When Can a Nursing Home Be Held Liable for Harm Caused By Abuse or Neglect?
When you help a vulnerable loved one move into a nursing home, you and your family put a tremendous amount of faith in the hands of the facility. When nursing homes in Georgia fail to provide adequate care, they must be held accountable. Some notable examples of circumstances in which a Georgia nursing home may be deemed negligent include:
- Improper Hiring or Inadequate Training: Nursing homes must properly train their staff. If harm results from a staff member not knowing how to properly care for residents or handle medical equipment, the facility can be held liable.
- Understaffing: Many problems in nursing homes arise due to inadequate staffing. If the nursing home doesn’t have enough staff to adequately care for its residents, and this leads to neglect or abuse, the facility can be found liable.
- Medication Errors: Prescription medication is extremely powerful—and quite dangerous if not used properly. If staff administer the wrong medication or the wrong dosage and a resident is harmed, the nursing home may be held accountable.
- Failure to Maintain Safe Conditions: If residents are harmed because of hazards like wet floors, poor lighting, or malfunctioning equipment, the nursing home may be responsible.
Will I Have to Go to Trial in My Personal Injury Case?
Probably not—though it is always a possibility. The most comprehensive civil court data shows that fewer than five percent—maybe as little as two percent—of personal injury claims ever go to trial. Why? The majority of cases are resolved through negotiations between the involved parties, often resulting in a settlement that both sides find acceptable. A Georgia personal injury lawyer can help you work towards a full and fair settlement. However, if a proper settlement cannot be reached, it may be necessary to take the case to trial. You should always be represented by a trial-tested lawyer.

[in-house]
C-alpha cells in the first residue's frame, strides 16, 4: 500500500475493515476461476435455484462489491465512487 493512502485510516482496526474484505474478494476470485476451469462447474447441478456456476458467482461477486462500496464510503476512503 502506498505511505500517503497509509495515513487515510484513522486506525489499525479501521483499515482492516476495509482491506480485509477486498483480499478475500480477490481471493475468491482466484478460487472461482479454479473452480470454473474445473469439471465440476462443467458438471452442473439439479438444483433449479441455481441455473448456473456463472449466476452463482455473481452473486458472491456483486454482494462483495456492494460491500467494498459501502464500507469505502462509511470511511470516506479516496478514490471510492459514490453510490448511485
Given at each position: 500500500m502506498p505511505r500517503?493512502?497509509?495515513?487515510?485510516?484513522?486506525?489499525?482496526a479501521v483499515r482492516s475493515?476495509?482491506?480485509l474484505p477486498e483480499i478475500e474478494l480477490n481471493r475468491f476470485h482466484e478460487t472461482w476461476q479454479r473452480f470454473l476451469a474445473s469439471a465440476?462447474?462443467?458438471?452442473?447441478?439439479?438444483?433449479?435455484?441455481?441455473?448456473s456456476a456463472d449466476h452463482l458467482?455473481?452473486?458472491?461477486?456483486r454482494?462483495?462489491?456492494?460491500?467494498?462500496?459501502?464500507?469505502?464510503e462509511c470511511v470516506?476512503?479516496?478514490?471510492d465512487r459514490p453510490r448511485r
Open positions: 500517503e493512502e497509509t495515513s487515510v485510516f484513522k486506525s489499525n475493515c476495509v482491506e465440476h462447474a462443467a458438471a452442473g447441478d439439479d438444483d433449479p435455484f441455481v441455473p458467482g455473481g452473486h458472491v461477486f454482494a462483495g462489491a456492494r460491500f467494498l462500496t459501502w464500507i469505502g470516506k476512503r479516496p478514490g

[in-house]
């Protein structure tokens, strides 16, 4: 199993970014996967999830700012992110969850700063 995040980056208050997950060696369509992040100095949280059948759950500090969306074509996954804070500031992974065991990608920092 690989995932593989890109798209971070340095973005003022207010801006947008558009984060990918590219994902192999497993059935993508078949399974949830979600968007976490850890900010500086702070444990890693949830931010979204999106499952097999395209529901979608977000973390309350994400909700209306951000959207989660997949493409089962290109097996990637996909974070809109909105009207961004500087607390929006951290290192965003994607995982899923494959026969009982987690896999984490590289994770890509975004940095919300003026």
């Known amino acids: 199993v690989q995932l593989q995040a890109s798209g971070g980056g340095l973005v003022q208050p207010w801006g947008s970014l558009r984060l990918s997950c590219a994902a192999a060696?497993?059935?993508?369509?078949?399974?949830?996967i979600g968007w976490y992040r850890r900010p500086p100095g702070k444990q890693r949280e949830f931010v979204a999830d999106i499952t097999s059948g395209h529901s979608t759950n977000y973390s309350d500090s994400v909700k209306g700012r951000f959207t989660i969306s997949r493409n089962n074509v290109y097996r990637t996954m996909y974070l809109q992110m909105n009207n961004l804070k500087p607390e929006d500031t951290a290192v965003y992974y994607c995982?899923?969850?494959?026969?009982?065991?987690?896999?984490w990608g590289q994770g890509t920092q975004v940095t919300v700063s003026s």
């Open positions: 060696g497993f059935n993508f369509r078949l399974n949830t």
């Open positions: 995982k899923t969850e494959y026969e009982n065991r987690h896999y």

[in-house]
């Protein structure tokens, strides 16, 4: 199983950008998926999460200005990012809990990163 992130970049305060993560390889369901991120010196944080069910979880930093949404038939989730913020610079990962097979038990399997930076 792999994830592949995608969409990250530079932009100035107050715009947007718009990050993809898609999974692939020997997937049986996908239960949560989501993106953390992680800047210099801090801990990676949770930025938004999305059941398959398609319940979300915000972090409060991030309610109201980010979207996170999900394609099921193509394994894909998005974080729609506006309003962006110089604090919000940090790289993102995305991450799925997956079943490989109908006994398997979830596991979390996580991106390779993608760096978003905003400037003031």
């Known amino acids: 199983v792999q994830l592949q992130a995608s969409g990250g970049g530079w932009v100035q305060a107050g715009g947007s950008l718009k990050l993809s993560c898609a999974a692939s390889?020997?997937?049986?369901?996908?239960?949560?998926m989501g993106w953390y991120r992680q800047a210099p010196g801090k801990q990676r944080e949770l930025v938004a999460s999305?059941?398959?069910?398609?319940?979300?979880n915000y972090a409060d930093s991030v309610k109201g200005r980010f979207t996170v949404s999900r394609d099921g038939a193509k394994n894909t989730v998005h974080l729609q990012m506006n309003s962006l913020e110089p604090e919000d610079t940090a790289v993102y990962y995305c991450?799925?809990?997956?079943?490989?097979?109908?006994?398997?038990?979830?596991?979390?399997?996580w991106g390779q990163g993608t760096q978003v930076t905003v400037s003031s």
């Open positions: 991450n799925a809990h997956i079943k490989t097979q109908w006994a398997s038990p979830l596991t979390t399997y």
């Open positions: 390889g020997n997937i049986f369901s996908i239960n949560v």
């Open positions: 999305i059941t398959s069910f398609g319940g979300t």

How Much Does it Cost to Hire a Georgia Personal Injury Lawyer?
You do not have to worry about upfront costs or out-of-pocket fees. At Lourie, Chance, Forlines, Carter & King, PC, our Georgia law firm handles personal injury cases on a contingency fee basis. There are no hourly costs. Instead of charging our clients, we only receive a percentage of the settlement or award we secure for you. Our attorneys only get paid when you get paid.
Who Can File a Claim If a Personal is Killed in an Accident in Georgia?
The loss of a close loved one in an accident is horrific. A fatal accident can give rise to a wrongful death claim. In Georgia, if a person is tragically killed in an accident, the right to file a claim usually falls to the representative of the deceased’s estate. The deceased’s surviving spouse has the primary right to file a wrongful death claim. If there is no surviving spouse, the right passes to the deceased’s children. If there are no surviving spouses or children, the deceased’s parents or the personal representative of the deceased’s estate may file the claim. Determining how to navigate this type of claim can be especially complicated. Our Georgia wrongful death lawyer can help.
Contact Us Today for a Free Consultation With an Experienced Trial Lawyer
At Lourie, Chance, Forlines, Carter & King, PC, we go above and beyond to protect the rights and interests of the people who need help the most—injured victims and their families. If you or your loved one was hurt in any type of accident, please contact us to arrange your free, no obligation, and fully confidential consultation. With law offices in Atlanta and Augusta, our law firm is well-situated to handle accident and injury claims throughout the State of Georgia.
"My family and I turned to Stephen Chance and Lance Lourie to help us through a very bad situation concerning our mother and a nursing home. They helped us with their knowledge and caring attitude...."